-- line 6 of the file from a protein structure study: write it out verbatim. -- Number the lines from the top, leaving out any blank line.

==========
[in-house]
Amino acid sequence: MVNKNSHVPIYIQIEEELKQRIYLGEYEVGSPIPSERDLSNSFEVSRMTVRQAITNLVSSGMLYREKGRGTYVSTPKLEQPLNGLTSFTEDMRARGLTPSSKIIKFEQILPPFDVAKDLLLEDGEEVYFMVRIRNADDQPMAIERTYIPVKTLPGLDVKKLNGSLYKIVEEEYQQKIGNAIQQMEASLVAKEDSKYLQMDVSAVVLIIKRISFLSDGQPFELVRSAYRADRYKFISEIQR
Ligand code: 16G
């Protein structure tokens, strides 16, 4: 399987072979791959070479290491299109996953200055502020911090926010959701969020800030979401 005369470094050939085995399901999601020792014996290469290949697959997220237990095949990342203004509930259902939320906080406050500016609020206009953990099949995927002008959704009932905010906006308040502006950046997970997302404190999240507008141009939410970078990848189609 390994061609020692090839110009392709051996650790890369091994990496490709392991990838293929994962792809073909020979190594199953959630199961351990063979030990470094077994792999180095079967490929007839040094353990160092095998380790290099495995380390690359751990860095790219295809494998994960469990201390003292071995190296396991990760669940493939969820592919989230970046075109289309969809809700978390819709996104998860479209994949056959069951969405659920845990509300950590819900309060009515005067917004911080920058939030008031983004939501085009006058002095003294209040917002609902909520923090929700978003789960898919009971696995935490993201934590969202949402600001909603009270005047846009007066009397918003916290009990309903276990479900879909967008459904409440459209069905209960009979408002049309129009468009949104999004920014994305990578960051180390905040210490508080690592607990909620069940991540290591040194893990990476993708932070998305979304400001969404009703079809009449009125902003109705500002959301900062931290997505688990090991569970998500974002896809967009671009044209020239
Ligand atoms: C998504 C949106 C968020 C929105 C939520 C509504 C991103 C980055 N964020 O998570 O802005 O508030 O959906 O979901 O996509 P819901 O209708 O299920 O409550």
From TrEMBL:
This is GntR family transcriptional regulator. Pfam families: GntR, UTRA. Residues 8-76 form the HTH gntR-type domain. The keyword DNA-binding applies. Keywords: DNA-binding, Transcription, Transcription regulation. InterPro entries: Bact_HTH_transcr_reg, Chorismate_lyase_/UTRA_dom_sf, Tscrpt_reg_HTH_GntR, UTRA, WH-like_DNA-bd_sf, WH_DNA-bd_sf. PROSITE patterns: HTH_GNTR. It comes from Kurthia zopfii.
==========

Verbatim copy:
From TrEMBL: